This doesn’t have to be a pain or more work to add to your already-hectic A-levels.
The recommended length of an LNAT essay is 500-600 words because you only have 40 minutes to write it. What’s more is that if you write far beyond this 600 word-limit, the university itself probably won’t read beyond the maximum limit, so don’t waste time on long essays.
The more practice you put into writing argumentative essay answers to unseen questions, the easier this process will be. You will be able to know your essay style, to perfect your introductions and your conclusions and to ensure that you are picking a side and making your point adequately.
The best thing about essay practice is how much support there is out there.
Your teachers will be more than happy to spend 5 minutes reading over such a short piece and giving you some feedback on your arguments;
You are going to hear this a lot. Timing is key here. It is important that you know your times and you stick to them.
95 minutes are given to you to complete the multiple-choice section, which is more than enough time to read, answer and review each question.
This is not to say that during your preparation for the LNAT that you cannot spend much longer familiarising yourself with the skills and technique required for the multiple choice questions. But you do need to ensure that as you get closer to assessment, you are working well within the time given to you.
Despite being assured you have enough time, don’t become complacent with time. Time is of the essence and you must be strict with yourself in your practice sessions in order to ensure you aren’t spending too much time on a particularly hard question merely because its hard.
More often that not the better strategy is to flag for review, move on and come back to it. The answer could even be clearer to you if you do it this way.
However, take care – once the 95 minutes are up, you cannot go back, so ensure that if you have flagged five questions, you leave some time at the end to go back and choose an answer.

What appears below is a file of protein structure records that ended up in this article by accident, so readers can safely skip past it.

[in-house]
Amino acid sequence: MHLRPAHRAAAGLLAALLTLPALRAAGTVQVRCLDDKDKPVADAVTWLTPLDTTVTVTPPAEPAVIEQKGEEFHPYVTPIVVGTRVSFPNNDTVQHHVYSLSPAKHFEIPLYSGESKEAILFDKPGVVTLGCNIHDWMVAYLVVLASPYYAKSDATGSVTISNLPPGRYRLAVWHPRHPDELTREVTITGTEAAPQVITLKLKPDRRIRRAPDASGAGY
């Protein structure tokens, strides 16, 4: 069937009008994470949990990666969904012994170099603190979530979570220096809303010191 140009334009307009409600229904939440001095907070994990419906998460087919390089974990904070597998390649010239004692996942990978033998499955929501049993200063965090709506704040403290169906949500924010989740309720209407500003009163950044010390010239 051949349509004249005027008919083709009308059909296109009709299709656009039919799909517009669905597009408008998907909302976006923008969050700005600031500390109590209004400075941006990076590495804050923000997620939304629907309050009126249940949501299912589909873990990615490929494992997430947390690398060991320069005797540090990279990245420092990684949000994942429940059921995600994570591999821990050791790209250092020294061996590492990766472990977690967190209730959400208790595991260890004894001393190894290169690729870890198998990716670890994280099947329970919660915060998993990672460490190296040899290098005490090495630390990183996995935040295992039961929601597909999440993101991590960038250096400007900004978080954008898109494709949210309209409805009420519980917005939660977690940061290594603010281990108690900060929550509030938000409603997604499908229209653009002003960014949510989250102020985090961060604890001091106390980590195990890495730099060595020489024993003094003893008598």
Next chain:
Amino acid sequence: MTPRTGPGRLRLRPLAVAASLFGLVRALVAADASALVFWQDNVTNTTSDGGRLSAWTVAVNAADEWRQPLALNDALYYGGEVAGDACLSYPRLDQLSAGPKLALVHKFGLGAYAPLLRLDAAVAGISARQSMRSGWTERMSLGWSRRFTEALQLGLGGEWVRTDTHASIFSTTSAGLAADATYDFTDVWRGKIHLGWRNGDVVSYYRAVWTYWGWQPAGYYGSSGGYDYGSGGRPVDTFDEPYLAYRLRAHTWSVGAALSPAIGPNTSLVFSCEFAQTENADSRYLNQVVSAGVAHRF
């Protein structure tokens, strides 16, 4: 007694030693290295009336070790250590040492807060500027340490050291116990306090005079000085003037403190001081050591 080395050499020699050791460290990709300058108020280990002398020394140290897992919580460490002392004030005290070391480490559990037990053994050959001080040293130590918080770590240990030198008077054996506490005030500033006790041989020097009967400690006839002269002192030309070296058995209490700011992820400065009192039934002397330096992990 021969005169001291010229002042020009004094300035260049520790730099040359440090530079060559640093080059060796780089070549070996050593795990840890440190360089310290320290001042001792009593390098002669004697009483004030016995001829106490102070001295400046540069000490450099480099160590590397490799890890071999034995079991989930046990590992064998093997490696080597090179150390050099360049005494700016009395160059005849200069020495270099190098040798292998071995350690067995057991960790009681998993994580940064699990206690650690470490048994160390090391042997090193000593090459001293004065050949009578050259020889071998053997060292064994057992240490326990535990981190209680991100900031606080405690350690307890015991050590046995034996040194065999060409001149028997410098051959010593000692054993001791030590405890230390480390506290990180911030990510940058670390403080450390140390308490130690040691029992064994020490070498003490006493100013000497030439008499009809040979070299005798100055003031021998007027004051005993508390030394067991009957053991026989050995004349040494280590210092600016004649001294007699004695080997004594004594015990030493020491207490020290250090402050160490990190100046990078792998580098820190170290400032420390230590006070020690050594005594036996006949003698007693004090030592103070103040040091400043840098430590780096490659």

The LNAT may well be the first time in your life you become interested in the newspapers. However, I cannot stress enough the importance of being aware in the months running up to the LNAT.
Not only might some of the LNAT multiple choice question passages and essay questions have been based on current events, but reading the news will allow you to think analytically and intelligently and really improve your overall LNAT performance.
The best way to do this is to read a broadsheet newspaper – don’t forget that this need not cost money as there may be copies available from school, your local library or even on your own kitchen table if your family already reads them. You can also access some very good news resources online.
However, moving away from the news, it is also a good idea to familiarise yourself with some simple academic articles. This will be the type of argumentative style passage may be used for the multiple choice questions and will also provide you with some useful style ideas for your own argumentative essay in Section B.
4. Start Creating Your Strategy
How you tackle each section of the LNAT is up to how you work best and how you are most comfortable. The only way to find out your perfect strategy is by practising daily.
Everyone answers multiple choice questions differently – some people may read the question and then go into the passage, others may start with a gist reading of the passage before reading the questions, or some people might opt for a strategy of exclusion of answers until the right one becomes clear.
Whichever way works best for you is completely up to you.
Other important strategic points are:
The flagging technique described above;
Always answer every question. The LNAT does not negatively mark and therefore it’s important that even if it’s just an educated guess, a ¼ chance is better than nothing;
Read all the LNAT essay questions and think about each in turn before you launch into the first one you see;
Pick an LNAT essay question that you know lots about instead of one you feel strongly about. You might have a very passionate argument about euthanasia, but that often doesn’t make for a well-argued piece as your bias is too strong.
5. Start Practising
Keep practising, even if you feel completely sure you know what you are doing, extra practice never hurt anyone, and you might be glad of it. Get used to carrying out the test on a screen – reading passages on a screen can be a struggle, but not if you have had enough practice doing it.
Finally, don’t panic. If you are reading this, it is clear that you are conscientious enough to have prepared for this day and you can do it!
Here’s all the extra LNAT help you need to read next: